Love. Such a small word with a huge impact.
Everyday, love hangs over you like a guardian angel, omnipresent and intoxicating.
Most songs are about love, most movies are about love — if not about love per se, there is always a romance side story along with the main storyline — most books are about love, about “soulmates.”
There have also been numerous works of art inspired by love. Take the Taj Mahal one of the seven wonders of the world created by the Mughal emperor Shah Jahan in memory of his wife, Mumtaz Mahal.
What is love?
According to C. Sue Carter and Stephen W. Porges, researchers at the Research Triangle Institute International in Research Triangle Park love is not just a feeling, it is a biological necessity with a physiological explanation.
Without love, humans are unable to live their lives to the fullest despite their basic needs being met.
Love is boundless, natural, and a requirement for survival.
Humans are drawn to love their offspring, family, friends and lovers.
Carter and Porges discovered that being in the presence of an infant forces the release of the love hormone — oxytocin. Basically, an infant’s existence forces you to love.
This oxytocin release results in an affection also seen in other primates, like the mandril. the neuropepetide oxytocin, evolutionarily, is released to ensure the survival of the infant, as well as the species, by ensuring that the infant is taken care of and the mate is protected. It is what creates the feeling of love.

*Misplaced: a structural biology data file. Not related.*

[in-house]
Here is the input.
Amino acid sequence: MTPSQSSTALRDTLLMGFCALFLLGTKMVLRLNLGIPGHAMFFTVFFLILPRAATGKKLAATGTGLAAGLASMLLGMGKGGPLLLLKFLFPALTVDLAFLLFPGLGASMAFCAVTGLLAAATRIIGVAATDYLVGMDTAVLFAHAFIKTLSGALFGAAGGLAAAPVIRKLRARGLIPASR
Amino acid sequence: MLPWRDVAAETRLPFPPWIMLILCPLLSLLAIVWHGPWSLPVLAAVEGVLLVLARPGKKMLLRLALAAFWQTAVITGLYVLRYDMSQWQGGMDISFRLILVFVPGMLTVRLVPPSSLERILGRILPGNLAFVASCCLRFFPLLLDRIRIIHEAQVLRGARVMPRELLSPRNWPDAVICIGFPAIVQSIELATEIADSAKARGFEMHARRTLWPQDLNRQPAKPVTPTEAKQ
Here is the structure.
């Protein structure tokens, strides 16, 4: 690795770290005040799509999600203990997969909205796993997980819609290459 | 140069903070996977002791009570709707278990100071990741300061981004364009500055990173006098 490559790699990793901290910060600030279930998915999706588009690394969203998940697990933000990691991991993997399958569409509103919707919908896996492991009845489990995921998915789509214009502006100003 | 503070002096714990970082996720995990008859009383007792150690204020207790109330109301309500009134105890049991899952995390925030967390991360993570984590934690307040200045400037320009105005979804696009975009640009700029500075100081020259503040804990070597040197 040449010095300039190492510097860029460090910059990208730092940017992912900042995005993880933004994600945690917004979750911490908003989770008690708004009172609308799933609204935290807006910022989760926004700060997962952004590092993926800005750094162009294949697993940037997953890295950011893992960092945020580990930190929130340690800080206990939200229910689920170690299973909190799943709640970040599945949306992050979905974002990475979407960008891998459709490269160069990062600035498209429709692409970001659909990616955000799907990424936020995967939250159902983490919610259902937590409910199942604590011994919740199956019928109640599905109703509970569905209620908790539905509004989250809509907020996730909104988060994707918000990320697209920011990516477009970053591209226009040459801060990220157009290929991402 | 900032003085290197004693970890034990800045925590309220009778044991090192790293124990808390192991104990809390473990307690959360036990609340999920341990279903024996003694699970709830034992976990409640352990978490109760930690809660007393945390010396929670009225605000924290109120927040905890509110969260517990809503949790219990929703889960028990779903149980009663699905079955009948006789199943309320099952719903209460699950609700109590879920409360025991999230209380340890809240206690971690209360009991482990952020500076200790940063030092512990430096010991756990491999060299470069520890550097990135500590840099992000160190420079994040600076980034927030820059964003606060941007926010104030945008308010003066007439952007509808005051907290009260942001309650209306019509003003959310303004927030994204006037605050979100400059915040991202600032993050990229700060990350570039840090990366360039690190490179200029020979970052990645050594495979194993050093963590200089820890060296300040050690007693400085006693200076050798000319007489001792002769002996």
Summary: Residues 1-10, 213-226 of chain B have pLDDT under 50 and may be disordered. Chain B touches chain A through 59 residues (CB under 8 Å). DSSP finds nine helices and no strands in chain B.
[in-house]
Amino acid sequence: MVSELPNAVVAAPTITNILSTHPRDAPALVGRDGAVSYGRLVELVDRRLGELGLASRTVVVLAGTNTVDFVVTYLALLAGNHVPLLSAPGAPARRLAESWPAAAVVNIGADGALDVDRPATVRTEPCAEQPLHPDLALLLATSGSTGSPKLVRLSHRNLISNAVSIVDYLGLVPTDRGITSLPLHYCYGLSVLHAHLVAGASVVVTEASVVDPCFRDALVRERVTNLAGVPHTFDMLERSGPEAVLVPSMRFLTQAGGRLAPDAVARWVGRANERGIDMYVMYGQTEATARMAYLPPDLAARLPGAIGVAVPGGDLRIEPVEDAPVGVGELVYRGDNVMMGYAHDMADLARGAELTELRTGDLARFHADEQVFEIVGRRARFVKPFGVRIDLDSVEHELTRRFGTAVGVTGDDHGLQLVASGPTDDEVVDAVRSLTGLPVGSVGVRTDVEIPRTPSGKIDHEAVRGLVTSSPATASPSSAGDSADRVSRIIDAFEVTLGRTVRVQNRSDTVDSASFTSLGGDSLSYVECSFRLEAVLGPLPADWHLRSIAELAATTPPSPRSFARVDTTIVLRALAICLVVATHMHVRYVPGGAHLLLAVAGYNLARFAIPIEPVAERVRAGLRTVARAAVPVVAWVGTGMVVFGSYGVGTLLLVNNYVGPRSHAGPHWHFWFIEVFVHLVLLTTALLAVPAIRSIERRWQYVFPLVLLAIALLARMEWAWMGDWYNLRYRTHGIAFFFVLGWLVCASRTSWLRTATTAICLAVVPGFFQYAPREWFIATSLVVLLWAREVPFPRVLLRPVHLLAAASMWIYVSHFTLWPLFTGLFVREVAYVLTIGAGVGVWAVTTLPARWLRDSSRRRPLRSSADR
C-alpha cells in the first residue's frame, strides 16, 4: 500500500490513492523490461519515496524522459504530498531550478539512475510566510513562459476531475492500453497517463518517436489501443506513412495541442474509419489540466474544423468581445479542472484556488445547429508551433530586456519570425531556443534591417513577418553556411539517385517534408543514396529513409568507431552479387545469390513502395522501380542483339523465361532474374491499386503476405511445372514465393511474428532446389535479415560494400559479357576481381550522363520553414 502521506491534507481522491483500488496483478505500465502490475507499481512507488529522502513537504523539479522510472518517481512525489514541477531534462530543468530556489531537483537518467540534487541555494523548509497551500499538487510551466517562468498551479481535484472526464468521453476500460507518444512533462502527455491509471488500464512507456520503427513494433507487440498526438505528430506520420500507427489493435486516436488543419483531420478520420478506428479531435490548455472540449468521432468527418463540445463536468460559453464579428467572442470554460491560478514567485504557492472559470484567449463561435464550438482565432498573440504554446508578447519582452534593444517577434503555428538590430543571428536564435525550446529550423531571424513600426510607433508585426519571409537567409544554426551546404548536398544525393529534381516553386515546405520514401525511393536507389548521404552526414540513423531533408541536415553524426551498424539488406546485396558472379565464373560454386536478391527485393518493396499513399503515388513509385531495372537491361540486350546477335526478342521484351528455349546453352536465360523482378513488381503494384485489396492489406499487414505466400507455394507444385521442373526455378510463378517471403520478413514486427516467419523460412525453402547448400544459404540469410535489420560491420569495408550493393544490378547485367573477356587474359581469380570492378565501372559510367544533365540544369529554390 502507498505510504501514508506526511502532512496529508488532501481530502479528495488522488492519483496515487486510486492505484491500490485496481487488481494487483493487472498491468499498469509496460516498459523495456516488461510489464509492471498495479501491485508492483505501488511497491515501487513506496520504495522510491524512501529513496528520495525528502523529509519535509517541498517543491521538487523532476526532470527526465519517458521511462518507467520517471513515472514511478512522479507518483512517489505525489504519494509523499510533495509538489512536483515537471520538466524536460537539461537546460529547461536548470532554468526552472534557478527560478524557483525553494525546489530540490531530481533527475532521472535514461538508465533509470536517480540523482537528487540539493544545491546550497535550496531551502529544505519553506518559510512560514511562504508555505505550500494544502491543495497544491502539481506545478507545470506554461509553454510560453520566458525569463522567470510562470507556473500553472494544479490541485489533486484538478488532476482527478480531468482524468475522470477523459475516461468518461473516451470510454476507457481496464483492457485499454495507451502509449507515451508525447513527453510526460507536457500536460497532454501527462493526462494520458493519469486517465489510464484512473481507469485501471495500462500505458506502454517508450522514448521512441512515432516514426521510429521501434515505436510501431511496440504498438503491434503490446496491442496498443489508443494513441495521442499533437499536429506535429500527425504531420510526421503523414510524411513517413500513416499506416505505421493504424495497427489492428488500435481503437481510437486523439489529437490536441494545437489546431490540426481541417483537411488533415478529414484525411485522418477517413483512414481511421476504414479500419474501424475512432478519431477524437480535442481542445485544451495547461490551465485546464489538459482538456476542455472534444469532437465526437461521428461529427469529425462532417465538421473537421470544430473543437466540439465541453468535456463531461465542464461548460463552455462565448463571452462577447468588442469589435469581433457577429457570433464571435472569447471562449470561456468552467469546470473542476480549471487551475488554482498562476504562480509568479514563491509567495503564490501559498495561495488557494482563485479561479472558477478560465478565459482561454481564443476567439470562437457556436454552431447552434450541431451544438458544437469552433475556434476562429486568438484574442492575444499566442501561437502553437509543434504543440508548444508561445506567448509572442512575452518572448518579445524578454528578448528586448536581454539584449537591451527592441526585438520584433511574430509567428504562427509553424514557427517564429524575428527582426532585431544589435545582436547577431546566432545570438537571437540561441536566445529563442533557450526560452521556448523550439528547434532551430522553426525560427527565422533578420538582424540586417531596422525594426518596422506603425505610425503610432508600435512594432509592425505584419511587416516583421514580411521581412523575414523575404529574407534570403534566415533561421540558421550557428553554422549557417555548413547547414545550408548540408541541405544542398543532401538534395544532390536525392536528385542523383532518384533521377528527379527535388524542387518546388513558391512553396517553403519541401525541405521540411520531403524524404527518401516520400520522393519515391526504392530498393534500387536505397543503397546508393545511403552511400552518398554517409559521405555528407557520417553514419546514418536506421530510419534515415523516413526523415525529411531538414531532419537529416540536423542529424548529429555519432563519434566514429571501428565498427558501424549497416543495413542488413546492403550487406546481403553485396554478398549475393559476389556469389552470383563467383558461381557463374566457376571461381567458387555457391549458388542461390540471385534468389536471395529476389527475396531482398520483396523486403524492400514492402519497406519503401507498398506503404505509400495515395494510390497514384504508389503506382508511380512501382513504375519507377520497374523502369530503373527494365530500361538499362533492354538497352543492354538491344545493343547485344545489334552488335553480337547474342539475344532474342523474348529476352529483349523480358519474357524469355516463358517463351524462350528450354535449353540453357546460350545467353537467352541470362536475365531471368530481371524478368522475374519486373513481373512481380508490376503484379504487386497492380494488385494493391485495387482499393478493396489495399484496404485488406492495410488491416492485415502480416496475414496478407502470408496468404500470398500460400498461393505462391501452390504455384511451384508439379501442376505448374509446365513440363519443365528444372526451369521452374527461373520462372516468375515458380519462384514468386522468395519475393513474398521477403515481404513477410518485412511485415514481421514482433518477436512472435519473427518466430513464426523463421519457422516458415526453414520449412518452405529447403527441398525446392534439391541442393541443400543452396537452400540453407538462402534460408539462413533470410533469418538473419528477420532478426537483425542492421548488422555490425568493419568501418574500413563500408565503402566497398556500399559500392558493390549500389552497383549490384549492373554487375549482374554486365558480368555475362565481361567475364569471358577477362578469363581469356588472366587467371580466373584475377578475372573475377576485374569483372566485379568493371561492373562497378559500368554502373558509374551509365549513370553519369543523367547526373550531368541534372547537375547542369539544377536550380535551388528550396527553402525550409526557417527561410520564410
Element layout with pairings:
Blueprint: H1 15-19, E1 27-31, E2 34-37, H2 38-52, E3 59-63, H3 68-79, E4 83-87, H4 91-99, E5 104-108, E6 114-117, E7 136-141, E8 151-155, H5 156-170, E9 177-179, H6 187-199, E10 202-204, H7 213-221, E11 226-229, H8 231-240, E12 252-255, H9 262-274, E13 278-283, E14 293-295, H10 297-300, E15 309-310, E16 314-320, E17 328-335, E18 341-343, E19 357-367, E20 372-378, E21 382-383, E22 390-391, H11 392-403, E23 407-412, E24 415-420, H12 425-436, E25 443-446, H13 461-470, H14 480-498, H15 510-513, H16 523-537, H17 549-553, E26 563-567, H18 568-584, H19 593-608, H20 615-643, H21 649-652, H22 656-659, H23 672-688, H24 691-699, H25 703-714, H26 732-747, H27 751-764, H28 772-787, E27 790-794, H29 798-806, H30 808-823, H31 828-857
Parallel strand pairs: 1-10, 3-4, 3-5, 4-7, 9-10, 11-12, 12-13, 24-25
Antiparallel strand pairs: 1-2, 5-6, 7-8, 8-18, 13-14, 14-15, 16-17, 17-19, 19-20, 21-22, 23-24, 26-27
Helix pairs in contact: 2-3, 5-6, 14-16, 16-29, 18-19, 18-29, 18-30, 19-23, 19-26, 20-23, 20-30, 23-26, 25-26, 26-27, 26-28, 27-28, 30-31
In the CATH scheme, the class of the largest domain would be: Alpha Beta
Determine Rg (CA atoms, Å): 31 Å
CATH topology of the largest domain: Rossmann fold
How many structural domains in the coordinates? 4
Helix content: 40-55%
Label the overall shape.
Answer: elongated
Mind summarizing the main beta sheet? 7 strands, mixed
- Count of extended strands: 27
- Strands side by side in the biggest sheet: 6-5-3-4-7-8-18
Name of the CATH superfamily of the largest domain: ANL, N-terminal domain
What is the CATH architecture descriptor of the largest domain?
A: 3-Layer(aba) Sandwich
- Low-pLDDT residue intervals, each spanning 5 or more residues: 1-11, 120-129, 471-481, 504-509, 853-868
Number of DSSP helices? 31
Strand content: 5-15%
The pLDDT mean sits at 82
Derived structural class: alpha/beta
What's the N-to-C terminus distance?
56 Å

Love is deeply biological, with physiological explanations.
Through research conducted on animals, while substituting parenting and species preservation as a representative of love, it is seen that the interactions between oxytocin and vasopressin are what cause the dynamics that allow humans to express and feel love.
Hence, it is commonly known by scientists who study love that interactions between oxytocin and vasopressin play an important role in social interactions.
Although most actions by these two hormones have been labeled redundant, they are known for actions with social significance, like huddling over a baby to protect it. This is why these hormones are also known as the “cuddle hormones.”
However, the release of oxytocin depends on several other factors that play into our need to love, such as, the release of endogenous opioids, dopamine and norepinephrine, which are responsible for attraction and the feeling of reward.
As we interact with our loved ones and communicate socially, the hypothalamus, a part of our brain, releases dopamine. This induces a feeling of euphoria and giddiness, released when we do things that feel good to our brain.
What are Oxytocin and Vasopressin?
Vasopressin has been found to be the reason behind the physiological need for a mammal to engage in behaviours that are needed to protect a partner or your territory, like vigilance and forms of robust self-preservation.
This hormone also prevents the body from physiologically shutting down when in danger, like a chicken playing dead when exposed to loud noises or other scary stimuli like seeing a stuffed hawk, this response to fear is known as “tonic immobility.”